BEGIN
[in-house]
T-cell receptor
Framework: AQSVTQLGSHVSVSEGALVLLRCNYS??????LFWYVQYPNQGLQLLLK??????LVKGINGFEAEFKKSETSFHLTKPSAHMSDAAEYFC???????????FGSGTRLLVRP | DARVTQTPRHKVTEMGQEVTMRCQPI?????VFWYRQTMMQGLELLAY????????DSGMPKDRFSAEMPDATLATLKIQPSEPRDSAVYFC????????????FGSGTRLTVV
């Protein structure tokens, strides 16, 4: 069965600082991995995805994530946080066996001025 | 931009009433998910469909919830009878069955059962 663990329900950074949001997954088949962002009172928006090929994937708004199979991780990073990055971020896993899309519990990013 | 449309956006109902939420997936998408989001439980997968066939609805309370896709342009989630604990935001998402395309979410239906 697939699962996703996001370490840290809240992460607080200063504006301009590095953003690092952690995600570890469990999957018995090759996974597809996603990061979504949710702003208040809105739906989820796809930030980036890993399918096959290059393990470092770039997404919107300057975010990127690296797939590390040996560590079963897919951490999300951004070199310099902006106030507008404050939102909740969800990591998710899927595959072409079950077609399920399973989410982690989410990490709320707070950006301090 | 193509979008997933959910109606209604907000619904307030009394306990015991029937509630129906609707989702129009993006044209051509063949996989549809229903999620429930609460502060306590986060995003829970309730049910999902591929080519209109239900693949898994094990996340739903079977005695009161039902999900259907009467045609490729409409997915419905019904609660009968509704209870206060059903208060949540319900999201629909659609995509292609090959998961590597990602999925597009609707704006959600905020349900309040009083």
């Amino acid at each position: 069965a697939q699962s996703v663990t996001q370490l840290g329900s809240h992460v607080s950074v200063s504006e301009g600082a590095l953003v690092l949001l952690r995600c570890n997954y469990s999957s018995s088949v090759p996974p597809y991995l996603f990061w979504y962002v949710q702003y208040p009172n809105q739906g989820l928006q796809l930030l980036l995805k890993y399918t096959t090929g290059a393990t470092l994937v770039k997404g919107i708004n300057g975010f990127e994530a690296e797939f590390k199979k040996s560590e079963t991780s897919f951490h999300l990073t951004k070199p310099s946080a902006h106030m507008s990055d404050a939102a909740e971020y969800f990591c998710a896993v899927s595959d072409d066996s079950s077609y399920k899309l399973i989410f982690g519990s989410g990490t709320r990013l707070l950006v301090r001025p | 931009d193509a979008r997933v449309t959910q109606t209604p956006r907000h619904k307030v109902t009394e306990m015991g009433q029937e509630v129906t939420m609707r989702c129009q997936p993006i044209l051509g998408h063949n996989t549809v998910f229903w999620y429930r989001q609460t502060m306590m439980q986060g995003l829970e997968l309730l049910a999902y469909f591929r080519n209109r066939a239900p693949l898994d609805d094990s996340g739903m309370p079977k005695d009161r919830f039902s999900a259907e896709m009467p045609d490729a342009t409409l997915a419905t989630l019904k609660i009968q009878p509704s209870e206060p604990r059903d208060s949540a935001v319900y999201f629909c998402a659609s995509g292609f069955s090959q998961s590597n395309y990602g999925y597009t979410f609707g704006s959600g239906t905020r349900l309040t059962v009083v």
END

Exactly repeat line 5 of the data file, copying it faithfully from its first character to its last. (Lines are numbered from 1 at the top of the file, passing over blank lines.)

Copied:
């Amino acid at each position: 069965a697939q699962s996703v663990t996001q370490l840290g329900s809240h992460v607080s950074v200063s504006e301009g600082a590095l953003v690092l949001l952690r995600c570890n997954y469990s999957s018995s088949v090759p996974p597809y991995l996603f990061w979504y962002v949710q702003y208040p009172n809105q739906g989820l928006q796809l930030l980036l995805k890993y399918t096959t090929g290059a393990t470092l994937v770039k997404g919107i708004n300057g975010f990127e994530a690296e797939f590390k199979k040996s560590e079963t991780s897919f951490h999300l990073t951004k070199p310099s946080a902006h106030m507008s990055d404050a939102a909740e971020y969800f990591c998710a896993v899927s595959d072409d066996s079950s077609y399920k899309l399973i989410f982690g519990s989410g990490t709320r990013l707070l950006v301090r001025p | 931009d193509a979008r997933v449309t959910q109606t209604p956006r907000h619904k307030v109902t009394e306990m015991g009433q029937e509630v129906t939420m609707r989702c129009q997936p993006i044209l051509g998408h063949n996989t549809v998910f229903w999620y429930r989001q609460t502060m306590m439980q986060g995003l829970e997968l309730l049910a999902y469909f591929r080519n209109r066939a239900p693949l898994d609805d094990s996340g739903m309370p079977k005695d009161r919830f039902s999900a259907e896709m009467p045609d490729a342009t409409l997915a419905t989630l019904k609660i009968q009878p509704s209870e206060p604990r059903d208060s949540a935001v319900y999201f629909c998402a659609s995509g292609f069955s090959q998961s590597n395309y990602g999925y597009t979410f609707g704006s959600g239906t905020r349900l309040t059962v009083v």